CEO Statement Serving all who come to our door, the Center has been a Nashville leader in bringing innovative solutions to the issues of poverty. We continue to believe in the power of work and education to transform lives and that every family can be successful. Known for our empowering, sometimes "tough love" approach to assisting families, Martha O'Bryan Center has assisted thousands of families move beyond government subsistence and into the world of jobs and opportunity. We also know from sixty years in the James A. Cayce Homes that the transformation of a life requires us to serve with unconditional love, abiding faith and joyous encouragement. We are proud to be the resource in East Nashville for dynamic youth programs, affordable child care and education/work opportunities for families ready to move forward in their lives.
Programs
Description

Martha O’Bryan Center’s Early Learning Center (ELC) provides high quality early education opportunities to 100 children six weeks to five years old in six classrooms. The ELC has consistently maintained a three-star rating by the State of Tennessee since 2002 and is accredited by the National Association for the Education of Young Children, an honor earned by less than 6% of childcare providers in our state. In 2015, 94% of our Pre-K students met national benchmarks for reading readiness, measured by the Get Ready to Read assessment.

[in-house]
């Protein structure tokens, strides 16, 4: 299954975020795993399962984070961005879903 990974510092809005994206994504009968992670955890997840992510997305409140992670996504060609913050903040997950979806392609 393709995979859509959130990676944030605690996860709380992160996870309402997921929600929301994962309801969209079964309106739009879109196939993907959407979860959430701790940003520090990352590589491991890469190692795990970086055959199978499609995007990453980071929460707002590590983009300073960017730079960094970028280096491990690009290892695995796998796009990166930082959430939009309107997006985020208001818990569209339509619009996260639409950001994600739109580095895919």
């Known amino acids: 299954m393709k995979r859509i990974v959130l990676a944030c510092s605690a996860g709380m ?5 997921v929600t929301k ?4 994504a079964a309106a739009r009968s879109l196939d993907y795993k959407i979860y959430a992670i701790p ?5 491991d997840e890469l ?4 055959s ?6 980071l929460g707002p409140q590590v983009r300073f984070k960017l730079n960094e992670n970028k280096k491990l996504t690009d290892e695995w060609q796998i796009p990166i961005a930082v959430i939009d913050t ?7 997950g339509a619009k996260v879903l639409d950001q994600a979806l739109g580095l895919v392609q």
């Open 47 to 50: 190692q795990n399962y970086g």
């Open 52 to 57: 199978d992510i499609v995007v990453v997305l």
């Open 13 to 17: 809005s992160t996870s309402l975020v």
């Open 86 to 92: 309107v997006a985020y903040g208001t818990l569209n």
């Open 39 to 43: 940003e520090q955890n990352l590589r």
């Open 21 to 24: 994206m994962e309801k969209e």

Tied Together is Martha O’Bryan Center’s ten-week parenting program, designed to help young families support the physical and social-emotional heath of their child. Tied Together combines four core strategies: prevention and early intervention, empowerment and strengthening, development of supportive social networks, and promotion of broad community change. In 2015, Tied Together enrolled 88 families and now boasts more than 500 alumni.

Budget 757837
Category Education, General/Other Educational Programs
Population Served Infants to Preschool (under age 5), Adults,
Short Term Success
Early Learning Center:
 
85% of three year olds will score 9 or above on the Get Ready to Read assessment.
 
85% of 4 and 5 year olds will score 14 or above on the Get Ready to Read assessment.
 
80% of 4 and 5 year olds will identify 18 upper case letters, 12 lower case letters, and 8 sounds.